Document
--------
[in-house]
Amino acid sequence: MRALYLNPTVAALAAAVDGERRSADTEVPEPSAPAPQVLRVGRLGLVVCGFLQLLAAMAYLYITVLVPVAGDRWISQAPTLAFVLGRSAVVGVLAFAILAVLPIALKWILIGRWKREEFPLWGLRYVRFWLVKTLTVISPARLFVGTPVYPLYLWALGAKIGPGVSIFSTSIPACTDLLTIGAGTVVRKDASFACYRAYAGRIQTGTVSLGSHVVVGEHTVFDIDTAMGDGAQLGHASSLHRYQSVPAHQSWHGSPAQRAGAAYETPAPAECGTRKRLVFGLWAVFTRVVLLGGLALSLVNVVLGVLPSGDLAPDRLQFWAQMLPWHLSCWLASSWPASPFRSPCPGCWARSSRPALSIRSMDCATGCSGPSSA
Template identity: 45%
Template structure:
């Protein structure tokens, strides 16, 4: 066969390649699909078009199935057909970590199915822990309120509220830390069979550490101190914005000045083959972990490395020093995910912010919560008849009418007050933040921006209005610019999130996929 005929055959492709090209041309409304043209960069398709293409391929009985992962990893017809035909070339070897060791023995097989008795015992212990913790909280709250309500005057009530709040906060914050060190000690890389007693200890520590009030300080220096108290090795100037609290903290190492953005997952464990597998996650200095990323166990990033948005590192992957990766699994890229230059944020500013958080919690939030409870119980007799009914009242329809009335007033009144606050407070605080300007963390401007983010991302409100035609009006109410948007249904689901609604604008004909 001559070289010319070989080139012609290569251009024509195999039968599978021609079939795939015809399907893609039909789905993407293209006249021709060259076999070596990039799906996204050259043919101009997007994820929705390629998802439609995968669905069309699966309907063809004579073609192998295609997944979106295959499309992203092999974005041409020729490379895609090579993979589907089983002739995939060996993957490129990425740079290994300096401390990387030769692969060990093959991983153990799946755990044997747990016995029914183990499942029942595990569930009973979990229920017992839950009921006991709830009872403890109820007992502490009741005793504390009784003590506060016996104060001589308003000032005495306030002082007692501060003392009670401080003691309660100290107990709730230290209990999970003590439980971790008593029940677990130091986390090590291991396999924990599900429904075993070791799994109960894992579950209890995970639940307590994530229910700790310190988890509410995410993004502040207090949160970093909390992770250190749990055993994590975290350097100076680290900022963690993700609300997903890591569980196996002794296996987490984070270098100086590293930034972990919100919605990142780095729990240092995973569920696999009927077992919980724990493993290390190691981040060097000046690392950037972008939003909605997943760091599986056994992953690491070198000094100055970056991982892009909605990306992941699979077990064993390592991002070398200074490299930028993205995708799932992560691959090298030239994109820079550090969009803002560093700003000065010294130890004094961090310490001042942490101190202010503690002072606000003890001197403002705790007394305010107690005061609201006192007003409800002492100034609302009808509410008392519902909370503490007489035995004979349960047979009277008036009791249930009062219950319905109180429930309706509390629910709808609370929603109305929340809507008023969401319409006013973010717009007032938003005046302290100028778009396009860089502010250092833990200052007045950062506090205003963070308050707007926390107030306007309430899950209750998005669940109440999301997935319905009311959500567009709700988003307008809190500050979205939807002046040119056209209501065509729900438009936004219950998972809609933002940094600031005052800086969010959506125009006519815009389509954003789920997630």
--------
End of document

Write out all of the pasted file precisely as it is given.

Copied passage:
[in-house]
Amino acid sequence: MRALYLNPTVAALAAAVDGERRSADTEVPEPSAPAPQVLRVGRLGLVVCGFLQLLAAMAYLYITVLVPVAGDRWISQAPTLAFVLGRSAVVGVLAFAILAVLPIALKWILIGRWKREEFPLWGLRYVRFWLVKTLTVISPARLFVGTPVYPLYLWALGAKIGPGVSIFSTSIPACTDLLTIGAGTVVRKDASFACYRAYAGRIQTGTVSLGSHVVVGEHTVFDIDTAMGDGAQLGHASSLHRYQSVPAHQSWHGSPAQRAGAAYETPAPAECGTRKRLVFGLWAVFTRVVLLGGLALSLVNVVLGVLPSGDLAPDRLQFWAQMLPWHLSCWLASSWPASPFRSPCPGCWARSSRPALSIRSMDCATGCSGPSSA
Template identity: 45%
Template structure:
């Protein structure tokens, strides 16, 4: 066969390649699909078009199935057909970590199915822990309120509220830390069979550490101190914005000045083959972990490395020093995910912010919560008849009418007050933040921006209005610019999130996929 005929055959492709090209041309409304043209960069398709293409391929009985992962990893017809035909070339070897060791023995097989008795015992212990913790909280709250309500005057009530709040906060914050060190000690890389007693200890520590009030300080220096108290090795100037609290903290190492953005997952464990597998996650200095990323166990990033948005590192992957990766699994890229230059944020500013958080919690939030409870119980007799009914009242329809009335007033009144606050407070605080300007963390401007983010991302409100035609009006109410948007249904689901609604604008004909 001559070289010319070989080139012609290569251009024509195999039968599978021609079939795939015809399907893609039909789905993407293209006249021709060259076999070596990039799906996204050259043919101009997007994820929705390629998802439609995968669905069309699966309907063809004579073609192998295609997944979106295959499309992203092999974005041409020729490379895609090579993979589907089983002739995939060996993957490129990425740079290994300096401390990387030769692969060990093959991983153990799946755990044997747990016995029914183990499942029942595990569930009973979990229920017992839950009921006991709830009872403890109820007992502490009741005793504390009784003590506060016996104060001589308003000032005495306030002082007692501060003392009670401080003691309660100290107990709730230290209990999970003590439980971790008593029940677990130091986390090590291991396999924990599900429904075993070791799994109960894992579950209890995970639940307590994530229910700790310190988890509410995410993004502040207090949160970093909390992770250190749990055993994590975290350097100076680290900022963690993700609300997903890591569980196996002794296996987490984070270098100086590293930034972990919100919605990142780095729990240092995973569920696999009927077992919980724990493993290390190691981040060097000046690392950037972008939003909605997943760091599986056994992953690491070198000094100055970056991982892009909605990306992941699979077990064993390592991002070398200074490299930028993205995708799932992560691959090298030239994109820079550090969009803002560093700003000065010294130890004094961090310490001042942490101190202010503690002072606000003890001197403002705790007394305010107690005061609201006192007003409800002492100034609302009808509410008392519902909370503490007489035995004979349960047979009277008036009791249930009062219950319905109180429930309706509390629910709808609370929603109305929340809507008023969401319409006013973010717009007032938003005046302290100028778009396009860089502010250092833990200052007045950062506090205003963070308050707007926390107030306007309430899950209750998005669940109440999301997935319905009311959500567009709700988003307008809190500050979205939807002046040119056209209501065509729900438009936004219950998972809609933002940094600031005052800086969010959506125009006519815009389509954003789920997630």